Update 6/13/06 – PTW (who commented below) also posted photos from the event on flickr.
Last week, the folks from OpenLaszlo / Laszlo Systems presented at a “Beer, Pizza, and Ajax” event here in Boston in the Optaros space (where I work).
David Temkin, the founder and CTO, did most of the presentation, joined by Amy Muntz to talk about how people can get involved as contributors to the OpenLaszlo project.
If you’ve never heard of OpenLaszlo, the basic value proposition is (from their site):
OpenLaszlo is an open source platform for creating zero-install web applications with the user interface capabilities of desktop client software.
The “and soon DHTML” part is the newest part, and that was one of the things they demo’d.
The company was founded in 2000, and converted the whole project to Open Source in 2004. They draw revenuye from training, custom design and development, as well as some commercial extensions to the core platform.
Temkin started by going over the basics of Rich Internet Applications (RIAs) and their business benefits – the experience of a desktop application, but with the ease-of-deployment of a web application.
Some of the applications he demonstrated, which use OpenLaszlo in the interface tier:
- AllState Insurance (widget in the right nav with accordion panels for customer care, claims, quotes)
- Barclay’s iShares (Look for the performance charts)
- IBM Innovation
The discussion ranged over a variety of topics – Temkin did a great job of answering questions during the presentation-in-progress without getting pulled entirely away from what he needed to get through.
One interesting point was the question of partially connected (or occasionally connected) clients – right now, when you use Gliffy, for example, if you lose your internet connection in the middle of working on a drawing, the behavior you’ll get is at best undefined – most likely complete failure when the client’s requests start timing out. Temkin mentioned that Laszlo has an interest in this question but not much more to add other than that they will be looking into solutions.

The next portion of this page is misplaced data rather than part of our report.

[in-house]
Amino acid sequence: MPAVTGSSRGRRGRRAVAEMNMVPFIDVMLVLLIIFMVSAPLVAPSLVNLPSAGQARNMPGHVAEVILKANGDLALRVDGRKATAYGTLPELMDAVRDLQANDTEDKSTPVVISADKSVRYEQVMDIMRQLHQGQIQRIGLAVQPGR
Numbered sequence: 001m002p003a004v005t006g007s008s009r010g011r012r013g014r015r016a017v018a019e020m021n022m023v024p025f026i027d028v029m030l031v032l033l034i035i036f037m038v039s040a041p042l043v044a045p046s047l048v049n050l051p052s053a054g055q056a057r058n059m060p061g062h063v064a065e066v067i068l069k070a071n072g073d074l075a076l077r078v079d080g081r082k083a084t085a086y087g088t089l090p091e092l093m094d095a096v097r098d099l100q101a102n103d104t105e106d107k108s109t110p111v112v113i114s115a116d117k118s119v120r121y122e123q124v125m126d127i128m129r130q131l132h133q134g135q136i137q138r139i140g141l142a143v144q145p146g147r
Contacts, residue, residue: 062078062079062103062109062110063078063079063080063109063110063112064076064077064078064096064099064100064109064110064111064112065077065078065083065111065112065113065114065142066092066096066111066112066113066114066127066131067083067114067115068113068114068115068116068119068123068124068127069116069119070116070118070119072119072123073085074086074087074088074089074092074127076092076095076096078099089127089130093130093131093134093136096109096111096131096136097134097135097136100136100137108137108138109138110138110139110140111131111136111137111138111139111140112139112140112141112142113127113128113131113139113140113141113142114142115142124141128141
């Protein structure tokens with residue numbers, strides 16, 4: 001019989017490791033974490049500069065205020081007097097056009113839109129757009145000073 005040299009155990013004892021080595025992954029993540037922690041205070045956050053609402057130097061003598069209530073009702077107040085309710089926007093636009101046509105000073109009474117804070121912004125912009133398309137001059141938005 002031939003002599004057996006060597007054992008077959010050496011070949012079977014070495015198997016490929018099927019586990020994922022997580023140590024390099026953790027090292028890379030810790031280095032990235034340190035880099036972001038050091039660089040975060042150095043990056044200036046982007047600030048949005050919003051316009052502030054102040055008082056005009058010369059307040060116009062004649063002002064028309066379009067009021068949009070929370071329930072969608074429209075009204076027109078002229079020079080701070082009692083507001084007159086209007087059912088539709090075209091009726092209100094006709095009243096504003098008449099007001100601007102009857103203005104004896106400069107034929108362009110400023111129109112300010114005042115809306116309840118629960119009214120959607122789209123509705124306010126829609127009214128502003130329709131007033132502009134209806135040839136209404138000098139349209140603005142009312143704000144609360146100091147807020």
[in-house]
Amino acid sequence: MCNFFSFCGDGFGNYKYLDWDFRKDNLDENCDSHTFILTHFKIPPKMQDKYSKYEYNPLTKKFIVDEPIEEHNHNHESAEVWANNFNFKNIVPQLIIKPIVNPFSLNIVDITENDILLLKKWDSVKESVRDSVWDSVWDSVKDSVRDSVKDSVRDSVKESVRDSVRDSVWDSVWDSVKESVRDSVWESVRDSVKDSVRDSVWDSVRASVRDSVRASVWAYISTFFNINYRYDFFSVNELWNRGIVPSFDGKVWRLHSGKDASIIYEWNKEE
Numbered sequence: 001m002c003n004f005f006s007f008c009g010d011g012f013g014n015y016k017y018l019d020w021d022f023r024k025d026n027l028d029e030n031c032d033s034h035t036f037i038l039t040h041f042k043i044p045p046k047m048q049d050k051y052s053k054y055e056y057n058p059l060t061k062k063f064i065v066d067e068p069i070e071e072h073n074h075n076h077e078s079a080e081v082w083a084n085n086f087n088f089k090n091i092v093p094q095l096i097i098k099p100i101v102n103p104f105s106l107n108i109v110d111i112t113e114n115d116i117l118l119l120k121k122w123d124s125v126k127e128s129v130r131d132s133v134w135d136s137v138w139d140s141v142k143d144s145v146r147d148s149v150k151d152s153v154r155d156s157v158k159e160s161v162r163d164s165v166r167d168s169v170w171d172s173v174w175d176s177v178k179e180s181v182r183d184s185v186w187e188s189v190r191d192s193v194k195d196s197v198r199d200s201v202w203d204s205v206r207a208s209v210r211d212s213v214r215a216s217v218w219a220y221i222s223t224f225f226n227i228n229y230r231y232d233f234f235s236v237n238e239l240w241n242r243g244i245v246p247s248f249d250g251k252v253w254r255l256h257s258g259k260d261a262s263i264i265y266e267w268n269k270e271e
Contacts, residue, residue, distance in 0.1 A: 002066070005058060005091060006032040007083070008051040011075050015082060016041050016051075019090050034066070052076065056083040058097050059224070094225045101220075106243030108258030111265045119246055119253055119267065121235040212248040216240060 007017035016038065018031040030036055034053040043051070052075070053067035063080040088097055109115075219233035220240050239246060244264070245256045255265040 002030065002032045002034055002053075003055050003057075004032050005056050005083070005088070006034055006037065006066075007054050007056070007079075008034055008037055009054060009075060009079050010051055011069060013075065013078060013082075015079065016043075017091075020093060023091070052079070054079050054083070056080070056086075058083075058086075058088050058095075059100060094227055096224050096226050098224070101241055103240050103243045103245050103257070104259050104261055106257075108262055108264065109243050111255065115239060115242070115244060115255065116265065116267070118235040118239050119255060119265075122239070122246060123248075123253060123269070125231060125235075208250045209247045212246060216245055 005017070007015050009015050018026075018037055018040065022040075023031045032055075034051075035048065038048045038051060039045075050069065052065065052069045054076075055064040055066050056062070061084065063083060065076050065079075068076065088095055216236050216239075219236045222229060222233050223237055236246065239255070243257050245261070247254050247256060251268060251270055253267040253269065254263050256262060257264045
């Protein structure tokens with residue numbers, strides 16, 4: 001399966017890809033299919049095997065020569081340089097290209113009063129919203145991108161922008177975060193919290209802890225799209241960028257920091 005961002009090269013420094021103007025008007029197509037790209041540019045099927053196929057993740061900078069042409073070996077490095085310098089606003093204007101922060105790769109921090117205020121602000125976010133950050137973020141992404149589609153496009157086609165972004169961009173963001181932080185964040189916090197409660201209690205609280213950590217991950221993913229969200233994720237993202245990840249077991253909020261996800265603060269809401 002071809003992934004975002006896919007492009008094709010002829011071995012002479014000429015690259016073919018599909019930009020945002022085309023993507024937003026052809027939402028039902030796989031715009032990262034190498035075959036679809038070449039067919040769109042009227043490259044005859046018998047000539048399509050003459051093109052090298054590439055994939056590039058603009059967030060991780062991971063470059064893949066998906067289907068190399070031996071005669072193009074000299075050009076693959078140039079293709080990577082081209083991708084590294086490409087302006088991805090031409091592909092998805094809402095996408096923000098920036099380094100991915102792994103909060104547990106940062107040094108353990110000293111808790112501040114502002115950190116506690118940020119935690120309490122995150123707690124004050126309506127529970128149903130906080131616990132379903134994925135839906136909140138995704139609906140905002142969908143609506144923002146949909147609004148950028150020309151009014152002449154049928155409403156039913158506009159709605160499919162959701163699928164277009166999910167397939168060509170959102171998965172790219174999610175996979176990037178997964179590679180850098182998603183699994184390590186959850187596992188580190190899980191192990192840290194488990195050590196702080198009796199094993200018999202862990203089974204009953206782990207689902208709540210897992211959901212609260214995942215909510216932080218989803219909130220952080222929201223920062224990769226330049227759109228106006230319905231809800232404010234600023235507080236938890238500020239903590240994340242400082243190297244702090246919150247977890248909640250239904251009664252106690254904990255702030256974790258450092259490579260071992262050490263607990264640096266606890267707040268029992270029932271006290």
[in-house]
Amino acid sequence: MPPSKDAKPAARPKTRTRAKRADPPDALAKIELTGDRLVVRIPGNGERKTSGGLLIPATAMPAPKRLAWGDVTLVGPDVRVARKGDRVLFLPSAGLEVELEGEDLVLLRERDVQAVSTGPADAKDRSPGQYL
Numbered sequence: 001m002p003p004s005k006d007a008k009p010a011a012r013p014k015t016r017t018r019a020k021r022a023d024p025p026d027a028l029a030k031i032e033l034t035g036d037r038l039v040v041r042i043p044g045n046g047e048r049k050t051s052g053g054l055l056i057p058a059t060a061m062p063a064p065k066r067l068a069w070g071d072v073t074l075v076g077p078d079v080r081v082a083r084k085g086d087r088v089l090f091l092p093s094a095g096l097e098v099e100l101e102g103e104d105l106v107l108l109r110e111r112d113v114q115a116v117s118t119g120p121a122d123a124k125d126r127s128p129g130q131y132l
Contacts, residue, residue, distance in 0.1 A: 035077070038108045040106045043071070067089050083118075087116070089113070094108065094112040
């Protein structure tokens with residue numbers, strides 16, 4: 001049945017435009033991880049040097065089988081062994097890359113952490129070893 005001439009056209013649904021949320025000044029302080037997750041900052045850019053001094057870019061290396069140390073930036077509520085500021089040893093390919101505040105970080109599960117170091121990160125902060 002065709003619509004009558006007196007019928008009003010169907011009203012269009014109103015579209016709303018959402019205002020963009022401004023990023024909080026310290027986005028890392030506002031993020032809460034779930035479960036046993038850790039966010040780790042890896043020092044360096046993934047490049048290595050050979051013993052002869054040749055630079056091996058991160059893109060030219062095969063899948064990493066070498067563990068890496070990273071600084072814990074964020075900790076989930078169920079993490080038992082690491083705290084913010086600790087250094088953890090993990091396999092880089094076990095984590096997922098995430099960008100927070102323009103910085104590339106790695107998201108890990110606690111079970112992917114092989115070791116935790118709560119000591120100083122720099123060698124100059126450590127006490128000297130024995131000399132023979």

He also pointed out, in the Pandora example, the value of leveraging the Flash player’s ability to handle streaming video and audio directly. In the AJAX world one needs a plugin for these media types (of course, Flash is already a plugin, but relying on only one, monolithic run-time environment would arguably be simpler than dealing with multiple layers).
Lots of folks asked about how developing in OpenLaszlo differed from developing in Flash. In essense, the OpenLaszlo environment is more like Flex than traditional Flash: XML based language which gets compiled into an SWF. This means no more “timeline” or “stage” or any of the other design-based components that plain-old-Flash was saddled with. But, as someone in the audience pointed out (and Temkin agreed) to really make the most of an OpenLaszlo application you need both designer and developer input. Just as PageMaker didn’t automatically make good graphic designers of everyone, an XML-based declarative markup language and set of components won’t turn developers into designers.
The code for OpenLaszlo applications is written in LZX. Those *.lzx files are then compiled into an SWF. OpenLaszlo supports both “solo deployment,” in which the .swf file is just put on a plain-old web server, and “proxy deployment,” in which OpenLaszlo pieces (a servlet) gets installed on the server. (Architecture). Temkin noted that the pieces which require the servlet deployment are SOAP, Java RPC, format transcoding for media, and persistence / storage.